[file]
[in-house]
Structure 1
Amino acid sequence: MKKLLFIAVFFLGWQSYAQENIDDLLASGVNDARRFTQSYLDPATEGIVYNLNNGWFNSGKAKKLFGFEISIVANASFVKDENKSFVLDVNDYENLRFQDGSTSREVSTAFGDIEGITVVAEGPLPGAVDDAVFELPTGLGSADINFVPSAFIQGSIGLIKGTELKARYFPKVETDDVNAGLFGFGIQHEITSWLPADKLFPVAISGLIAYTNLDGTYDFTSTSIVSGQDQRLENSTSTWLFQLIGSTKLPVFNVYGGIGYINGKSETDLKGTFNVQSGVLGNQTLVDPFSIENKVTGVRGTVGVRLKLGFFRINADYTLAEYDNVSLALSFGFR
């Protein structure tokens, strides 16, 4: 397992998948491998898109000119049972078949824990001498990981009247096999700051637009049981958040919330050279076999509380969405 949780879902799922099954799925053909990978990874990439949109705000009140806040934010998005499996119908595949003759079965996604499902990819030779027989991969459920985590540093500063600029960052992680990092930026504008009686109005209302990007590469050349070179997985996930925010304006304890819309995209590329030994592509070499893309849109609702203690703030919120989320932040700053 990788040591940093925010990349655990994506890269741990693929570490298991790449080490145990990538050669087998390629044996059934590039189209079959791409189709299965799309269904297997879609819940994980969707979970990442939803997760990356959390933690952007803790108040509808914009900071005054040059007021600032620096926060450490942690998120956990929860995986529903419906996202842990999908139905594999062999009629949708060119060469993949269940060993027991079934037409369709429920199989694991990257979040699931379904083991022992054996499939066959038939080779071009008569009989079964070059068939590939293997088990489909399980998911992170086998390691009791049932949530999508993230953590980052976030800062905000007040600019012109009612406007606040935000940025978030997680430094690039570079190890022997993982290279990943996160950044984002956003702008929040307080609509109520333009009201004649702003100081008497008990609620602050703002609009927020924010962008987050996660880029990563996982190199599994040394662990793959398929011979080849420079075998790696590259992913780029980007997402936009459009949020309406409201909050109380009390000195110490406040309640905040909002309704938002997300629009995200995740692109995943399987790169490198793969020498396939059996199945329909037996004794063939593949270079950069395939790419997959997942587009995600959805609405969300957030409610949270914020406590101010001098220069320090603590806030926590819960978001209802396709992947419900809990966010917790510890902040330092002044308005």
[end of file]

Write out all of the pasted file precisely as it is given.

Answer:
[in-house]
Structure 1
Amino acid sequence: MKKLLFIAVFFLGWQSYAQENIDDLLASGVNDARRFTQSYLDPATEGIVYNLNNGWFNSGKAKKLFGFEISIVANASFVKDENKSFVLDVNDYENLRFQDGSTSREVSTAFGDIEGITVVAEGPLPGAVDDAVFELPTGLGSADINFVPSAFIQGSIGLIKGTELKARYFPKVETDDVNAGLFGFGIQHEITSWLPADKLFPVAISGLIAYTNLDGTYDFTSTSIVSGQDQRLENSTSTWLFQLIGSTKLPVFNVYGGIGYINGKSETDLKGTFNVQSGVLGNQTLVDPFSIENKVTGVRGTVGVRLKLGFFRINADYTLAEYDNVSLALSFGFR
């Protein structure tokens, strides 16, 4: 397992998948491998898109000119049972078949824990001498990981009247096999700051637009049981958040919330050279076999509380969405 949780879902799922099954799925053909990978990874990439949109705000009140806040934010998005499996119908595949003759079965996604499902990819030779027989991969459920985590540093500063600029960052992680990092930026504008009686109005209302990007590469050349070179997985996930925010304006304890819309995209590329030994592509070499893309849109609702203690703030919120989320932040700053 990788040591940093925010990349655990994506890269741990693929570490298991790449080490145990990538050669087998390629044996059934590039189209079959791409189709299965799309269904297997879609819940994980969707979970990442939803997760990356959390933690952007803790108040509808914009900071005054040059007021600032620096926060450490942690998120956990929860995986529903419906996202842990999908139905594999062999009629949708060119060469993949269940060993027991079934037409369709429920199989694991990257979040699931379904083991022992054996499939066959038939080779071009008569009989079964070059068939590939293997088990489909399980998911992170086998390691009791049932949530999508993230953590980052976030800062905000007040600019012109009612406007606040935000940025978030997680430094690039570079190890022997993982290279990943996160950044984002956003702008929040307080609509109520333009009201004649702003100081008497008990609620602050703002609009927020924010962008987050996660880029990563996982190199599994040394662990793959398929011979080849420079075998790696590259992913780029980007997402936009459009949020309406409201909050109380009390000195110490406040309640905040909002309704938002997300629009995200995740692109995943399987790169490198793969020498396939059996199945329909037996004794063939593949270079950069395939790419997959997942587009995600959805609405969300957030409610949270914020406590101010001098220069320090603590806030926590819960978001209802396709992947419900809990966010917790510890902040330092002044308005």